BBK Vice President Buch: Macrofinancial Environment Faces Risks

28 September 2021

By David Barwick – FRANKFURT (Econostream) – German Bundesbank Vice President Claudia Buch warned on Tuesday of the build-up of risks in the German financial system that could materialise in the wake of a stalled recovery or surprisingly high inflation.

In remarks at a panel discussion, Buch noted that the economic recovery was proceeding faster than expected, diminishing corporate solvency and bank credit risk.

‘Despite the brighter outlook, there are risks to the macrofinancial environment’, she said. ‘New waves of infections and continued disruptions in global supply chains could set back the economic recovery. An unexpected rise in inflation could lead to increasing risk premia and interest rates. This may trigger corrections in financial markets.’

Among the mechanisms that could create problems, German banks had been extending credit to higher-risk companies even before the pandemic, she said, and the pandemic exacerbated this risk. Buch cited Bundesbank estimates according to which in 2020, the 50% weakest companies constituted between 70% and 80% of German banks’ aggregate loan portfolio.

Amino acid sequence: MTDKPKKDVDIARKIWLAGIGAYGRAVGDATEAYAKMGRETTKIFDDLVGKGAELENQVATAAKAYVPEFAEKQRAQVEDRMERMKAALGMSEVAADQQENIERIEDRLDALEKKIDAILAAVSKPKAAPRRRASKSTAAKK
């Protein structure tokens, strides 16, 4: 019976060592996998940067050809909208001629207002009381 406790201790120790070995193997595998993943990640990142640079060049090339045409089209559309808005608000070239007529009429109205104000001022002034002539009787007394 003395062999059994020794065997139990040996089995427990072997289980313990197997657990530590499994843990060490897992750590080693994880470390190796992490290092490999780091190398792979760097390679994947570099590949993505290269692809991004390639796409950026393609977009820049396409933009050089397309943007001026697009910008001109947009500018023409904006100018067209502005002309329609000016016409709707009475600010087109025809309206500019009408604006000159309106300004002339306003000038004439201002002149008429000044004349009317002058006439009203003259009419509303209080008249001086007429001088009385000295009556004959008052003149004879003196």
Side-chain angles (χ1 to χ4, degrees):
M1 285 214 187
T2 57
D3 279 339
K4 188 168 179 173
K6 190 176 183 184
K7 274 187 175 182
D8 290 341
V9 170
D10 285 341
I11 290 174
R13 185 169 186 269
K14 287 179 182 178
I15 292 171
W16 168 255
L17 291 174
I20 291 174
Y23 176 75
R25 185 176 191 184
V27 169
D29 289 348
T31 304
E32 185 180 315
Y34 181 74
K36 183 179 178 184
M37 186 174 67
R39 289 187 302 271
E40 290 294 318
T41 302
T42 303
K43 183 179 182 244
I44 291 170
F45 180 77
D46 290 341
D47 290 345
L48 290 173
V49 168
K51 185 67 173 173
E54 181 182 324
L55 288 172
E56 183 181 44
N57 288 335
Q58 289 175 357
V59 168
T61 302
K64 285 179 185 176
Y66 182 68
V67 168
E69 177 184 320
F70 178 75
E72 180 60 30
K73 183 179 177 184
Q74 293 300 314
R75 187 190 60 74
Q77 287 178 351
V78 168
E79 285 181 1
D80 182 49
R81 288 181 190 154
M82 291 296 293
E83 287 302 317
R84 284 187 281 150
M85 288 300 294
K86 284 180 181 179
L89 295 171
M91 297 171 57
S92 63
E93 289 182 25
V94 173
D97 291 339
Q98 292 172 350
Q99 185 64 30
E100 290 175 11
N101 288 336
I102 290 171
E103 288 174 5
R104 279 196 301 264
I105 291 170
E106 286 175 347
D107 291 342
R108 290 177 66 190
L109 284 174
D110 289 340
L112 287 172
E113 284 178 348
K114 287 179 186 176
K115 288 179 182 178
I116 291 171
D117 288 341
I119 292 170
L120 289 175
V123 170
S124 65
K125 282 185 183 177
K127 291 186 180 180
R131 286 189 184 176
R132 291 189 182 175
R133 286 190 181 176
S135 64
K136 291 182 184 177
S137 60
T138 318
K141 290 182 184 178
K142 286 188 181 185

An additional issue, she said, is that ‘an unexpected increase in funding costs would put pressure on interest rate margins and affect the valuation of assets.’ Moreover, rapidly climbing real estate prices and mortgage lending are another source of vulnerabilities, she said.

‘The ongoing low interest rate environment provides incentives to search for yield and encourages risk-taking’, she said. ‘This might increase vulnerabilities with regard to changes in macrofinancial conditions, including a sudden repricing of risks.’

Buch observed that the concerns a year ago about a possible wave of corporate bankruptcies had not been borne out. This was partly because firms were temporarily allowed to defer declarations of bankruptcy, giving them time to recover, she said.

‘Second, fiscal measures supported the liquidity and solvency of firms’, she continued. ‘Third, as the economy recovered, pressure on firms weakened, and forecasted insolvencies declined.’